By Donella Meadows
–March 18, 1993–
On a sunny, windless March morning Marc Rosenbaum of Meriden NH brought his blower door to the home of his neighbors, Carol and Gordon Ashey. His purpose was to measure the air-tightness of the Ashey’s two-bedroom, single-story house, and to demonstrate the blower door to three interested onlookers — Mike Currier, an eighth grader from the Plainfield School, Stephen Beaupre, the school’s science teacher, and a local columnist.
It took Marc about five minutes to drape a bright red tarp over the sliding aluminum frame of the blower door, fasten the tarp with Velcro strips, expand the frame to fit into the open front door, and snap it into place. Suddenly the Asheys had a red tarp door with an elastic-lined round hole at the bottom, into which Marc set an enormous fan. “This is a serious fan,” he said. “If it were summertime, it would really keep you cool.”
At the tag end of winter the fan was not there to cool, but to increase the air flow through any cracks in the house, making them easier to find.
Rmmmmmmmmm. Marc turned the fan on, aimed outward. The tarp bowed in — the inside air pressure was lower than the outside. While Marc turned the fan up higher, he read off numbers from a dial for Mike to write down. The numbers measured the airflow through the fan at various pressure differentials. The leakier the house, the more air the fan has to move to maintain a given differential.
Marc typed the numbers into his laptop computer, which translated them into air leaks. If you add all the little leaks together, said the computer, they would equal 248 square inches of hole — the equivalent of an open window about 16 inches on a side. Marc entered the price the Asheys pay for heating oil, and the computer calculated the estimated cost of those leaks: $231 a year.
“Gosh!” said Carol Ashey.
“Let’s find out where the holes are,” said Marc Rosenbaum.
He turned on the fan again with the motor reversed, blowing in. The red tarp bent outward; the house had a positive air pressure. Marc pulled out a small bottle that generates puffs of smoke and held it near the kitchen door.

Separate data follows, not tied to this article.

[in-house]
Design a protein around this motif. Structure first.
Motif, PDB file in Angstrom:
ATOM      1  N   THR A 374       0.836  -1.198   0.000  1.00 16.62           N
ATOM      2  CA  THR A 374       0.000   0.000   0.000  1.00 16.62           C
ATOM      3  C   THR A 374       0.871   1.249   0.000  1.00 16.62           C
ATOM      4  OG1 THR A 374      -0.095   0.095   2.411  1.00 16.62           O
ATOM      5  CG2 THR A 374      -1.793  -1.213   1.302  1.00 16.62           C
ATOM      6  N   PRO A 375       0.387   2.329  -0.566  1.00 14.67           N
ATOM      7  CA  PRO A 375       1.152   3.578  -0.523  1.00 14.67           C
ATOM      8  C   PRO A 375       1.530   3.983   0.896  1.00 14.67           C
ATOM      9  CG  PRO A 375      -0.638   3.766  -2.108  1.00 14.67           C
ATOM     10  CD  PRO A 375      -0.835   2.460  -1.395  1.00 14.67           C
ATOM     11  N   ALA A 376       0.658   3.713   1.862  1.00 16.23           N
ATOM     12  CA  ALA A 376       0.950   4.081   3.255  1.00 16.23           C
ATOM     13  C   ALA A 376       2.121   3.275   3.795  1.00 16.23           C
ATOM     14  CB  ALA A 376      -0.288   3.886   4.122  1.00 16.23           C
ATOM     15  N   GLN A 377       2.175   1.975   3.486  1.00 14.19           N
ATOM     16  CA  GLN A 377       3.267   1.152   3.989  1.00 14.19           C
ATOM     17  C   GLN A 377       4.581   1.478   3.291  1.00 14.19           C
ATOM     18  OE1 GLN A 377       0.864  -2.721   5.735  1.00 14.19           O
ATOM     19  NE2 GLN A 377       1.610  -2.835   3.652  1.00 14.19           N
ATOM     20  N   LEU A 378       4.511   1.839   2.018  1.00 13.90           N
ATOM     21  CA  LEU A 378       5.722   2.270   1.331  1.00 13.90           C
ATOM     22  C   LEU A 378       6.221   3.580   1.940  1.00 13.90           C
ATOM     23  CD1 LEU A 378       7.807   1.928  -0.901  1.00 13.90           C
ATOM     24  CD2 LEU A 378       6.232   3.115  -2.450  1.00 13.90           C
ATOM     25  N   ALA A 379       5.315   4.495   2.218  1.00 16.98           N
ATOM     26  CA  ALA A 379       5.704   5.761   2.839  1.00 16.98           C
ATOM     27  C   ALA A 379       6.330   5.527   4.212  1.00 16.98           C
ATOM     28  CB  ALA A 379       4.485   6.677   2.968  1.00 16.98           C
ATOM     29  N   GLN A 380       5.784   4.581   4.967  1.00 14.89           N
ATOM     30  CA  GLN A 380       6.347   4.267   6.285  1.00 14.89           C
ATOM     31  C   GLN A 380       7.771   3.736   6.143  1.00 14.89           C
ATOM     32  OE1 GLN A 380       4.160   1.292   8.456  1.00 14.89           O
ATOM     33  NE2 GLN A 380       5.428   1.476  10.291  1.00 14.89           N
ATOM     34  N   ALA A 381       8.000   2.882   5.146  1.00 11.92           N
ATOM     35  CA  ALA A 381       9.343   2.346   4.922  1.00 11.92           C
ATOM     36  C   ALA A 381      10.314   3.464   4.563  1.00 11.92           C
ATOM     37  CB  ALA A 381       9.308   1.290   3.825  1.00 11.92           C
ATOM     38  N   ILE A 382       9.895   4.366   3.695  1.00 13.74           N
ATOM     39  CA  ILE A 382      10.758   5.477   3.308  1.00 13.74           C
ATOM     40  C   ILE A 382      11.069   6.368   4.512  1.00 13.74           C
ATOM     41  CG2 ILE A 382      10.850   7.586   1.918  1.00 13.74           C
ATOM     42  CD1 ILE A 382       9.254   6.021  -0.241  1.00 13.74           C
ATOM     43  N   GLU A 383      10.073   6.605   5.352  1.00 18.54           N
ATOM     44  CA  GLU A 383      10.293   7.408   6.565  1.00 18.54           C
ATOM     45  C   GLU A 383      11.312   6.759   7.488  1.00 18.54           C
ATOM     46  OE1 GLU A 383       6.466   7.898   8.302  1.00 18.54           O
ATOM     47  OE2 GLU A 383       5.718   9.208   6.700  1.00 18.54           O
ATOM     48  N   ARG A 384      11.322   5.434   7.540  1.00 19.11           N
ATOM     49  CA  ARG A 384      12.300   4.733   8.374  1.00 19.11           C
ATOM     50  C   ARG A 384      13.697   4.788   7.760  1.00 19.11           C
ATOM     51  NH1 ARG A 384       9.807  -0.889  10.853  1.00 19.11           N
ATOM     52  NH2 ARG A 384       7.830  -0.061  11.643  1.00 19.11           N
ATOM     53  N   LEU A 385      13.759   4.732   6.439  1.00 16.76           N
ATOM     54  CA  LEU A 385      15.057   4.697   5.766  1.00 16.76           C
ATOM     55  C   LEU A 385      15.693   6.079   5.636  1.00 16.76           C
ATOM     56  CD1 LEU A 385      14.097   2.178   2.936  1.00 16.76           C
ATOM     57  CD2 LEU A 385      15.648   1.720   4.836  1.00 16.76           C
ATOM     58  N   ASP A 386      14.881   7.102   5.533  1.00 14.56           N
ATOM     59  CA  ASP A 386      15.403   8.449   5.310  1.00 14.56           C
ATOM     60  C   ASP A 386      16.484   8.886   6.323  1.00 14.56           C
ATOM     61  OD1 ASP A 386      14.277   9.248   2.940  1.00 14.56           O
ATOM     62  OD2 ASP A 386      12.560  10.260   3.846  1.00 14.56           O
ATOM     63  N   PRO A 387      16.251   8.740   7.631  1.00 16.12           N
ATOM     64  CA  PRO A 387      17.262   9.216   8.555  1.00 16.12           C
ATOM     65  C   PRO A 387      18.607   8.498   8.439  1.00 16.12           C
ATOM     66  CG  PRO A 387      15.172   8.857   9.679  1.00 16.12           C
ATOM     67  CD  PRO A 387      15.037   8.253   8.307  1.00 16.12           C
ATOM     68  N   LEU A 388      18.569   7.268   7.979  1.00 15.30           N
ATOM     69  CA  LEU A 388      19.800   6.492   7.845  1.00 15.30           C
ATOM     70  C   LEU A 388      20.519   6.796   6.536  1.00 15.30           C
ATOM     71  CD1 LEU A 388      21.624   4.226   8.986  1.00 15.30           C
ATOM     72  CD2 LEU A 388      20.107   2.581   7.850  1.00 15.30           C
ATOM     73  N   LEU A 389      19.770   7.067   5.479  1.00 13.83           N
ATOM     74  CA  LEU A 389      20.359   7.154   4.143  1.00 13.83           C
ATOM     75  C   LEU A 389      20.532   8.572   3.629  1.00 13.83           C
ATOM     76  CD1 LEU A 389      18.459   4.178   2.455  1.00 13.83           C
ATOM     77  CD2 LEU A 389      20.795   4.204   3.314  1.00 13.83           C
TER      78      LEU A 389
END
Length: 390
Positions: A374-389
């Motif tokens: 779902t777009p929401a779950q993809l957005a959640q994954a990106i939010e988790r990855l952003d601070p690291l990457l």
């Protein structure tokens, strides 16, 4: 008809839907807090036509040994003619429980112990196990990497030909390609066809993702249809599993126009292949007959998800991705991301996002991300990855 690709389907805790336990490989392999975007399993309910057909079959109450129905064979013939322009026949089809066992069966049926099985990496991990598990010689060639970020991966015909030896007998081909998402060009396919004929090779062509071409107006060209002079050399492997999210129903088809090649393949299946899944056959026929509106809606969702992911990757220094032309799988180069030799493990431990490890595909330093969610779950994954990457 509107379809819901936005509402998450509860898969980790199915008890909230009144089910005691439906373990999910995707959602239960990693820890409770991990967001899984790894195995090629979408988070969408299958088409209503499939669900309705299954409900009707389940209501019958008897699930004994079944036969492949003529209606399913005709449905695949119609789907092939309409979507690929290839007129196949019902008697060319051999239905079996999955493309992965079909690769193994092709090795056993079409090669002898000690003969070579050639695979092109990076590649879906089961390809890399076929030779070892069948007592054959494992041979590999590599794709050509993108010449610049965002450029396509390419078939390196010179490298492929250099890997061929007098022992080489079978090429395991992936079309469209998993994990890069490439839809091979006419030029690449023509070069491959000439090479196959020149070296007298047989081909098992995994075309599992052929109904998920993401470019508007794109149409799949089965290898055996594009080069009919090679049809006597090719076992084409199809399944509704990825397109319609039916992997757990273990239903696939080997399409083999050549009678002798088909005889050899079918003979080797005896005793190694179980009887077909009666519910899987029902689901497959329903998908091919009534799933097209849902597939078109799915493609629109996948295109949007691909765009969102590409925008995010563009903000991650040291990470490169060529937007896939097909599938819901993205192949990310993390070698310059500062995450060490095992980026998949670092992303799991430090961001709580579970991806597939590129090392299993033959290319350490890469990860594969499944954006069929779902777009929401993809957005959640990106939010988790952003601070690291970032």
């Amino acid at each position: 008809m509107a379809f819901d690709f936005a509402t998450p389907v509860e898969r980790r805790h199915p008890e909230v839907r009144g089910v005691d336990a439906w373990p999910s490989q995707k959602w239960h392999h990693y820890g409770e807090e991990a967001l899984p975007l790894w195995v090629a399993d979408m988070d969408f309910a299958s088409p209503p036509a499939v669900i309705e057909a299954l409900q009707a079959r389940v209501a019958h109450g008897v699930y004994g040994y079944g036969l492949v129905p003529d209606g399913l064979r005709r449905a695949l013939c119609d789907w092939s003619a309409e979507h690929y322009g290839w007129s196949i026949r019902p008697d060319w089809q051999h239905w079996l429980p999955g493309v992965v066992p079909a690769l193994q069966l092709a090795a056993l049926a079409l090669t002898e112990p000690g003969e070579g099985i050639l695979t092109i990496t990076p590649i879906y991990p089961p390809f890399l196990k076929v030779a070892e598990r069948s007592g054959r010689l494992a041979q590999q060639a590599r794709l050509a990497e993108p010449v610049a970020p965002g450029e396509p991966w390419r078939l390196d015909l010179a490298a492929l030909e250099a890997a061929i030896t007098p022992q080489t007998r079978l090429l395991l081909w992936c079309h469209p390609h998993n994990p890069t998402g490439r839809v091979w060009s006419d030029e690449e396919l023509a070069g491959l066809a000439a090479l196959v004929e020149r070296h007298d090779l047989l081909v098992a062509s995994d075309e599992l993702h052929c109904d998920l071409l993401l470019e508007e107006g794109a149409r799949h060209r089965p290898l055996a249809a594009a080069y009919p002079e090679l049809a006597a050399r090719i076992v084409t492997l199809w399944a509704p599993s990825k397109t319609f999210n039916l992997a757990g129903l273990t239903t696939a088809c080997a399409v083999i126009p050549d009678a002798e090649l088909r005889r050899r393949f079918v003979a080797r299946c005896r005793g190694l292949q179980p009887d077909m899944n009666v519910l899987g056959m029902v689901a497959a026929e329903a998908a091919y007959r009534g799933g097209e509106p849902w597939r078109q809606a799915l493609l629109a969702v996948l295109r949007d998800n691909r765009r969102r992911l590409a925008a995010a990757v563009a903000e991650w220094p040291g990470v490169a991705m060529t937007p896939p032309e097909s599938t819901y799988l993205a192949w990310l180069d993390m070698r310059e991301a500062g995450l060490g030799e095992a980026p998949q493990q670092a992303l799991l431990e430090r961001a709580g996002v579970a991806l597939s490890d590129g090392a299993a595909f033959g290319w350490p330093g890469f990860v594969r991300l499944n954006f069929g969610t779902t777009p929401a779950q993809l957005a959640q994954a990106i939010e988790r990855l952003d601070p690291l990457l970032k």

Gordon Ashey had put plastic over the door to seal it for winter, but the smoke rushed outward, not through the crack around the door, but at the edge of the casing where the door frame joins the wall. “I find lots of leaks in places like that,” said Marc. “People know enough to seal up their windows and doors. But they don’t think of the casings.”
Marc moved the bottle up to the ceiling light. The smoke wandered around aimlessly. “Pretty good,” he said. “There are often big leaks around recessed lights, but this one is OK.”
Under the sink the smoke streamed down the plumbing pipes into the basement. Around the kitchen walls it zoomed into switches and plugs. Wiring and plumbing can create some of the worst air leaks, because they make up-and-down channels connecting low holes and high ones — the perfect combination to draw in cold air at the bottom and let warm air out at the top.
As Marc moved from room to room, the smoke found cracks in windowsills and ceiling beams, closets, heating ducts, and the tops of basement walls. Mike followed behind Marc, marking each leak with a bright orange sticker. Later Gordon Ashey could follow the sticker trail with caulk and tape and stop up the places where heat and dollar bills were flying out of his home.
Marc told tales of leaks in other houses. Around sliding glass outside doors and even sliding pocket doors in interior walls. In the joints of wood-stove chimneys. Around bathroom vents, kitchen cabinets, and hatches to attics. Where masonry chimneys penetrate floor frames. “I almost lost my whole smoke bottle near one chimney, there was such suction to the outside.”
After studying houses in the Boston area, the Massachusetts Audubon Society concludes that air movements account for 20 to 50 percent of the heat loss from a typical house. A study in Florida calculates that if leaks in ductwork alone were repaired, the state’s winter peak electric load would go down by 5000 megawatts — the equivalent of five huge power plants.
It’s one thing to know theoretically that you can save fuel and money by making your house energy efficient; it’s another to watch smoke rush out the holes. It’s easy to resist spending a few hundred bucks to bring in a patching crew or do the patching yourself; it’s something else to know for sure that you can make that money back in one year of lower fuel bills — and then again every year thereafter. No one wastes energy on purpose. But together we waste enormous quantities because we can’t quite visualize how air seeps through cracks.
If you’d like more information on finding and fixing home air leaks, there’s a short, clear “Contractor’s Guide to Finding and Sealing Hidden Air Leaks,” available for $3.75 from the Public Information Office, Massachusetts Audubon Society, Lincoln MA 01773, telephone 617-259-9500.
Copyright Sustainability Institute 1993